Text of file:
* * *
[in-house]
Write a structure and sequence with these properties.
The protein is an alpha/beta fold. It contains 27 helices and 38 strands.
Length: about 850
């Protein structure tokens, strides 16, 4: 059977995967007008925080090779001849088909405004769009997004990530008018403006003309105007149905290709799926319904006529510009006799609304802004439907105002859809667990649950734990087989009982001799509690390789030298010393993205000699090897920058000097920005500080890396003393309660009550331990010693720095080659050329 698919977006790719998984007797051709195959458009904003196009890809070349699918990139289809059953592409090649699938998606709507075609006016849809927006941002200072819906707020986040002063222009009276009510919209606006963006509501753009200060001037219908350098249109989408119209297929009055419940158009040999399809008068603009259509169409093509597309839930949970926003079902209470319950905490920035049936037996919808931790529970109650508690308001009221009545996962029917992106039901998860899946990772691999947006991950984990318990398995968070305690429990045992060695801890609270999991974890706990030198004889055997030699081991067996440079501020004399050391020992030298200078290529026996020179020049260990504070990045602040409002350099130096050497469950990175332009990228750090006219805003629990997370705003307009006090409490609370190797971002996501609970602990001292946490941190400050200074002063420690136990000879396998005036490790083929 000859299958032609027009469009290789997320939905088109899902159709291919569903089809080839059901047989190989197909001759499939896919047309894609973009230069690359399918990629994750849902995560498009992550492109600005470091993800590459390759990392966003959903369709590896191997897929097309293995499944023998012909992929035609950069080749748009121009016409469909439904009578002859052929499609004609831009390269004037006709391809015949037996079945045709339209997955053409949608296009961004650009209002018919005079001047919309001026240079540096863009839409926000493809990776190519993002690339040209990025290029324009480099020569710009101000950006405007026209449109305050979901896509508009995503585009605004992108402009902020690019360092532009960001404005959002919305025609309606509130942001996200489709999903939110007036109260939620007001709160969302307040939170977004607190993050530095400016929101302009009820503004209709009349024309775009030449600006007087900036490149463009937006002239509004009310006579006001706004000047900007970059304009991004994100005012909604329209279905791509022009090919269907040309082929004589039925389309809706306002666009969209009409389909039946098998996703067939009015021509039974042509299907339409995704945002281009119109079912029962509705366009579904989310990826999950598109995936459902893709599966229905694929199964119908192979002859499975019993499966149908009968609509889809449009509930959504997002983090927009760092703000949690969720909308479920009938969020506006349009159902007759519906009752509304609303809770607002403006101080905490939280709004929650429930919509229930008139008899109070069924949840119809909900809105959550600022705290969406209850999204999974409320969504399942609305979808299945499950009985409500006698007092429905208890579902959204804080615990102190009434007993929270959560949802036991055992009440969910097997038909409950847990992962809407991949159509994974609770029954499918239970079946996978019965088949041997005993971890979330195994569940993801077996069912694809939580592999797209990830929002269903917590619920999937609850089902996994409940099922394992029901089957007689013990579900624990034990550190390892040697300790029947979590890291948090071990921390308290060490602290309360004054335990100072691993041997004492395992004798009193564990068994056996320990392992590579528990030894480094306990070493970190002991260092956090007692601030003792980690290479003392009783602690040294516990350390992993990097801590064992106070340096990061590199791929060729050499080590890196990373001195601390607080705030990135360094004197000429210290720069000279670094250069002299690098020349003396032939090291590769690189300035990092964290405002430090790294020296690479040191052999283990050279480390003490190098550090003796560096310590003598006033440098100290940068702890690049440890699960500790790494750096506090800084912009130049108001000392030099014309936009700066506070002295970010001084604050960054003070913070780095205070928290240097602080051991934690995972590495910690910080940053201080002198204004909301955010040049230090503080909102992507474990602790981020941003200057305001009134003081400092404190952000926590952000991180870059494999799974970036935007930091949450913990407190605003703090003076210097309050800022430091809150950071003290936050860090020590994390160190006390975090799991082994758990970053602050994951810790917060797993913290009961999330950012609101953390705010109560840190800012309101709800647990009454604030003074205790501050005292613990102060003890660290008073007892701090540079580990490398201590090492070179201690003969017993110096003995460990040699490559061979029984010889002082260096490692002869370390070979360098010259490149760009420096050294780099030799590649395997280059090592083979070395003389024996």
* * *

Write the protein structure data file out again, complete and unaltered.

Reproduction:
[in-house]
Write a structure and sequence with these properties.
The protein is an alpha/beta fold. It contains 27 helices and 38 strands.
Length: about 850
């Protein structure tokens, strides 16, 4: 059977995967007008925080090779001849088909405004769009997004990530008018403006003309105007149905290709799926319904006529510009006799609304802004439907105002859809667990649950734990087989009982001799509690390789030298010393993205000699090897920058000097920005500080890396003393309660009550331990010693720095080659050329 698919977006790719998984007797051709195959458009904003196009890809070349699918990139289809059953592409090649699938998606709507075609006016849809927006941002200072819906707020986040002063222009009276009510919209606006963006509501753009200060001037219908350098249109989408119209297929009055419940158009040999399809008068603009259509169409093509597309839930949970926003079902209470319950905490920035049936037996919808931790529970109650508690308001009221009545996962029917992106039901998860899946990772691999947006991950984990318990398995968070305690429990045992060695801890609270999991974890706990030198004889055997030699081991067996440079501020004399050391020992030298200078290529026996020179020049260990504070990045602040409002350099130096050497469950990175332009990228750090006219805003629990997370705003307009006090409490609370190797971002996501609970602990001292946490941190400050200074002063420690136990000879396998005036490790083929 000859299958032609027009469009290789997320939905088109899902159709291919569903089809080839059901047989190989197909001759499939896919047309894609973009230069690359399918990629994750849902995560498009992550492109600005470091993800590459390759990392966003959903369709590896191997897929097309293995499944023998012909992929035609950069080749748009121009016409469909439904009578002859052929499609004609831009390269004037006709391809015949037996079945045709339209997955053409949608296009961004650009209002018919005079001047919309001026240079540096863009839409926000493809990776190519993002690339040209990025290029324009480099020569710009101000950006405007026209449109305050979901896509508009995503585009605004992108402009902020690019360092532009960001404005959002919305025609309606509130942001996200489709999903939110007036109260939620007001709160969302307040939170977004607190993050530095400016929101302009009820503004209709009349024309775009030449600006007087900036490149463009937006002239509004009310006579006001706004000047900007970059304009991004994100005012909604329209279905791509022009090919269907040309082929004589039925389309809706306002666009969209009409389909039946098998996703067939009015021509039974042509299907339409995704945002281009119109079912029962509705366009579904989310990826999950598109995936459902893709599966229905694929199964119908192979002859499975019993499966149908009968609509889809449009509930959504997002983090927009760092703000949690969720909308479920009938969020506006349009159902007759519906009752509304609303809770607002403006101080905490939280709004929650429930919509229930008139008899109070069924949840119809909900809105959550600022705290969406209850999204999974409320969504399942609305979808299945499950009985409500006698007092429905208890579902959204804080615990102190009434007993929270959560949802036991055992009440969910097997038909409950847990992962809407991949159509994974609770029954499918239970079946996978019965088949041997005993971890979330195994569940993801077996069912694809939580592999797209990830929002269903917590619920999937609850089902996994409940099922394992029901089957007689013990579900624990034990550190390892040697300790029947979590890291948090071990921390308290060490602290309360004054335990100072691993041997004492395992004798009193564990068994056996320990392992590579528990030894480094306990070493970190002991260092956090007692601030003792980690290479003392009783602690040294516990350390992993990097801590064992106070340096990061590199791929060729050499080590890196990373001195601390607080705030990135360094004197000429210290720069000279670094250069002299690098020349003396032939090291590769690189300035990092964290405002430090790294020296690479040191052999283990050279480390003490190098550090003796560096310590003598006033440098100290940068702890690049440890699960500790790494750096506090800084912009130049108001000392030099014309936009700066506070002295970010001084604050960054003070913070780095205070928290240097602080051991934690995972590495910690910080940053201080002198204004909301955010040049230090503080909102992507474990602790981020941003200057305001009134003081400092404190952000926590952000991180870059494999799974970036935007930091949450913990407190605003703090003076210097309050800022430091809150950071003290936050860090020590994390160190006390975090799991082994758990970053602050994951810790917060797993913290009961999330950012609101953390705010109560840190800012309101709800647990009454604030003074205790501050005292613990102060003890660290008073007892701090540079580990490398201590090492070179201690003969017993110096003995460990040699490559061979029984010889002082260096490692002869370390070979360098010259490149760009420096050294780099030799590649395997280059090592083979070395003389024996």